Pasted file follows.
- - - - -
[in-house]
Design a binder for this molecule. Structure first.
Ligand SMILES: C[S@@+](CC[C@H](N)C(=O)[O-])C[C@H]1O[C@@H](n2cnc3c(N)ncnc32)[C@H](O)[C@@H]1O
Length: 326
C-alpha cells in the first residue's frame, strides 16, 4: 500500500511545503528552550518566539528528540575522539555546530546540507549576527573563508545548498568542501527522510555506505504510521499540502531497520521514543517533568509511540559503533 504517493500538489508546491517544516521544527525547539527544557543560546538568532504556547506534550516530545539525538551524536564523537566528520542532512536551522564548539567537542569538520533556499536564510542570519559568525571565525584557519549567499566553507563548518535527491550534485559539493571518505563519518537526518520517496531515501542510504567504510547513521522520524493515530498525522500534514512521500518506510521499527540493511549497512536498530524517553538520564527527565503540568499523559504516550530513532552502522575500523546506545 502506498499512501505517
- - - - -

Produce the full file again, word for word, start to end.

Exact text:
[in-house]
Design a binder for this molecule. Structure first.
Ligand SMILES: C[S@@+](CC[C@H](N)C(=O)[O-])C[C@H]1O[C@@H](n2cnc3c(N)ncnc32)[C@H](O)[C@@H]1O
Length: 326
C-alpha cells in the first residue's frame, strides 16, 4: 500500500511545503528552550518566539528528540575522539555546530546540507549576527573563508545548498568542501527522510555506505504510521499540502531497520521514543517533568509511540559503533 504517493500538489508546491517544516521544527525547539527544557543560546538568532504556547506534550516530545539525538551524536564523537566528520542532512536551522564548539567537542569538520533556499536564510542570519559568525571565525584557519549567499566553507563548518535527491550534485559539493571518505563519518537526518520517496531515501542510504567504510547513521522520524493515530498525522500534514512521500518506510521499527540493511549497512536498530524517553538520564527527565503540568499523559504516550530513532552502522575500523546506545 502506498499512501505517